The main difference between, on the one hand the 1995 and 2000 GMRAs and, on the other hand, the 2011 GMRA insofar as they relate to “Events of Default” lies in the way in which the concept of the “Default Notice” is used.
Under the 1995 and 2000 GMRAs, the delivery of a “Default Notice” (once it has become effective) actually TRIGGERS the occurrence of the relevant Event of Default. In turn, this results in the acceleration of the “Repurchase Date” and the close-out of the underlying Repurchase Transactions.
Under the 2000 GMRA, effective delivery of the “Default Notice” also starts the clock ticking down to the “Default Valuation Time”. The “Default Valuation Time” is – effectively – a long-stop date for valuing obligations of the parties on a close-out (under the 2000 GMRA this takes place at close of business on the fifth dealing day after the day on which the relevant Event of Default occurred).
Default Notices must be in writing and can be served by hand, fax, telex, post or electronic messaging system.
The 2000 GMRA also introduced the concept of a “Special Default Notice”. “Special Default Notices” were introduced in recognition of the difficulty that some parties faced in practice in actually serving a “Default Notice” on their counterparty. If a party had used all practical efforts to serve a Default Notice (including at least two of telex, fax or electronic messaging) but had been able to do so it could essentially self-certify that an Event of Default had occurred through signing a “Special Default Notice” – obviating the need to serve an actual “Default Notice”. From that time, the Special Default Notice was regarded as a Default Notice and the relevant Event of Default was treated as having arisen from the time specified within the Special Default Notice.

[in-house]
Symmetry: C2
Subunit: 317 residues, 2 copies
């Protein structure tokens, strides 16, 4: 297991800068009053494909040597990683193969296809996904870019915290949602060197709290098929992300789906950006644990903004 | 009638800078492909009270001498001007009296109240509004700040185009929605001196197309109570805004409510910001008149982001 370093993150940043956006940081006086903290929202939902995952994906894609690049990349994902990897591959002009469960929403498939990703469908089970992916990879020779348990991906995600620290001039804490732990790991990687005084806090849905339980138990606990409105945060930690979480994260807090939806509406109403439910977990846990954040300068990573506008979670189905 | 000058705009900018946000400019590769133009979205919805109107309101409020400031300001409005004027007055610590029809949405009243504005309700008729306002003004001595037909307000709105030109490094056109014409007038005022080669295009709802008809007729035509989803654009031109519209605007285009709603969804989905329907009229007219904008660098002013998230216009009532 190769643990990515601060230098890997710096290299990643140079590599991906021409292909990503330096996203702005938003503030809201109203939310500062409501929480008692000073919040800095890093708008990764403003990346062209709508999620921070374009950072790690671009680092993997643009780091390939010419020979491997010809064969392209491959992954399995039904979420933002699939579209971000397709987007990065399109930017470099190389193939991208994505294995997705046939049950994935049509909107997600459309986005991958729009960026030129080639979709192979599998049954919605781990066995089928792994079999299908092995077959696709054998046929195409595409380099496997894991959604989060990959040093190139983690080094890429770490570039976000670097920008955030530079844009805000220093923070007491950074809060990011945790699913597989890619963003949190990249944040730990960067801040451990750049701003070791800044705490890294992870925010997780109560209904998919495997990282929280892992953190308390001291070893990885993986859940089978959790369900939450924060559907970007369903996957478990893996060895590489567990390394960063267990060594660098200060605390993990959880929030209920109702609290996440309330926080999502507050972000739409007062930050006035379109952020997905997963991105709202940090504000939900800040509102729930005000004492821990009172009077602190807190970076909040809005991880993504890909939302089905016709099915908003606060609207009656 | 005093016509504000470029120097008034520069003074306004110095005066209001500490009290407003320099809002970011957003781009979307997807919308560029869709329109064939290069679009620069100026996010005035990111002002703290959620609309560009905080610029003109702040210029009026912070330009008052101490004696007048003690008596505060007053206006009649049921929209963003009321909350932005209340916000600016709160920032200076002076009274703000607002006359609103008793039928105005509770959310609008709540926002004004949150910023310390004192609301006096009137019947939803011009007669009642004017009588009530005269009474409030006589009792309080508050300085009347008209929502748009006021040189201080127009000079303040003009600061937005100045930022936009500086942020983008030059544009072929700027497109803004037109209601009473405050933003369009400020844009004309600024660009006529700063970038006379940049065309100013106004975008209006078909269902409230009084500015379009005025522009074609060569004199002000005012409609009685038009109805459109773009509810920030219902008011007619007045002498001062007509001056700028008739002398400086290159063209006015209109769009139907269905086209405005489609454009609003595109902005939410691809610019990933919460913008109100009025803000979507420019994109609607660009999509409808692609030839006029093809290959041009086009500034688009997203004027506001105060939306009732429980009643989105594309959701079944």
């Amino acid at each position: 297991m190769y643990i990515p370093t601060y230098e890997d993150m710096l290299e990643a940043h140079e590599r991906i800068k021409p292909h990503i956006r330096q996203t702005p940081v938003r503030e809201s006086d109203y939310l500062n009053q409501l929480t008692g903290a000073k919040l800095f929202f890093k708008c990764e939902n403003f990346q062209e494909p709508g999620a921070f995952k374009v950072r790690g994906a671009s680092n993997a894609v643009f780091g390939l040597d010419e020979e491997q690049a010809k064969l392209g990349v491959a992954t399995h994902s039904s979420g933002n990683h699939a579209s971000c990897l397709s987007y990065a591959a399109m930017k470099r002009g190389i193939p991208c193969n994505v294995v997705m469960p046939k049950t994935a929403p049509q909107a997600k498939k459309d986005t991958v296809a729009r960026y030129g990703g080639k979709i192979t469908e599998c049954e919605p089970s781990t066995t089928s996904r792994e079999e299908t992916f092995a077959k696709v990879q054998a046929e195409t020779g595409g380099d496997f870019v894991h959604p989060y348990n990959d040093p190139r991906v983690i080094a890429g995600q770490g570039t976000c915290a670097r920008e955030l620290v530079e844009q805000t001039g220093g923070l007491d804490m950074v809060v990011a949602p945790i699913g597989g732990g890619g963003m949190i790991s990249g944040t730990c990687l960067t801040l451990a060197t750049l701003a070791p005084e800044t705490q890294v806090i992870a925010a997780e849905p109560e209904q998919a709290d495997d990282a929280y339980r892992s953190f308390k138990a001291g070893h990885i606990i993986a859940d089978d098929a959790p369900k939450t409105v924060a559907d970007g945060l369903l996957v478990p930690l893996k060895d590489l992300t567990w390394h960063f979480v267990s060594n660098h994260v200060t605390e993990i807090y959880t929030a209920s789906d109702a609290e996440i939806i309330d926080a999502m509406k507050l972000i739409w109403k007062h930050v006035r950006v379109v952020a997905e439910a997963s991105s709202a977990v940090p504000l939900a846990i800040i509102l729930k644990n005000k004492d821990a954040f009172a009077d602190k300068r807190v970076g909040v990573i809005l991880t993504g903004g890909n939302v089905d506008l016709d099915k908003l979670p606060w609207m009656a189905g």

In contrast, under the 2011 GMRA, it is not necessary to serve a Default Notice for an Event of Default to arise. Instead, the Event of Default will arise (or not) simply on the facts of the matter. Rather, under the 2011 GMRA, the Default Notice is used to designate the Early Termination Date. The Default Notice mechanism under the 2011 GMRA is very reminiscent of the right to terminate under the ISDA Master Agreement following the occurrence of an Event of Default. This is not an accident. One of the main drivers behind the publication of the 2011 GMRA was an attempt to learn the lessons from the financial crisis of 2008. It had become apparent that different methodologies and timelines applied to the termination of different types of transaction executed with the same defaulting counterparty. As such, it was felt beneficial to try and – to the extent possible – align all close-out methodologies across different master agreement types.
Paragraph 10(b) of the 2011 GMRA states that:
- If an Event of Default has occurred and is continuing, then
- The non-Defaulting Party may serve a Default Notice on the Defaulting Party.
- That notice can designate a date as an Early Termination Date in respect of all outstanding Transactions.
- Termination cannot take effect any earlier than the date the Default Notice itself takes effect and cannot take effect later than 20 days after the date of the Default Notice.
- However, if “Automatic Early Termination” has been specified as being applicable in Annex I, then termination of all outstanding transactions will occur at the time immediately preceding the occurrence of an “Act of Insolvency” in the form of (a) the presentation of a petition for winding up or (b) the appointment of a liquidator.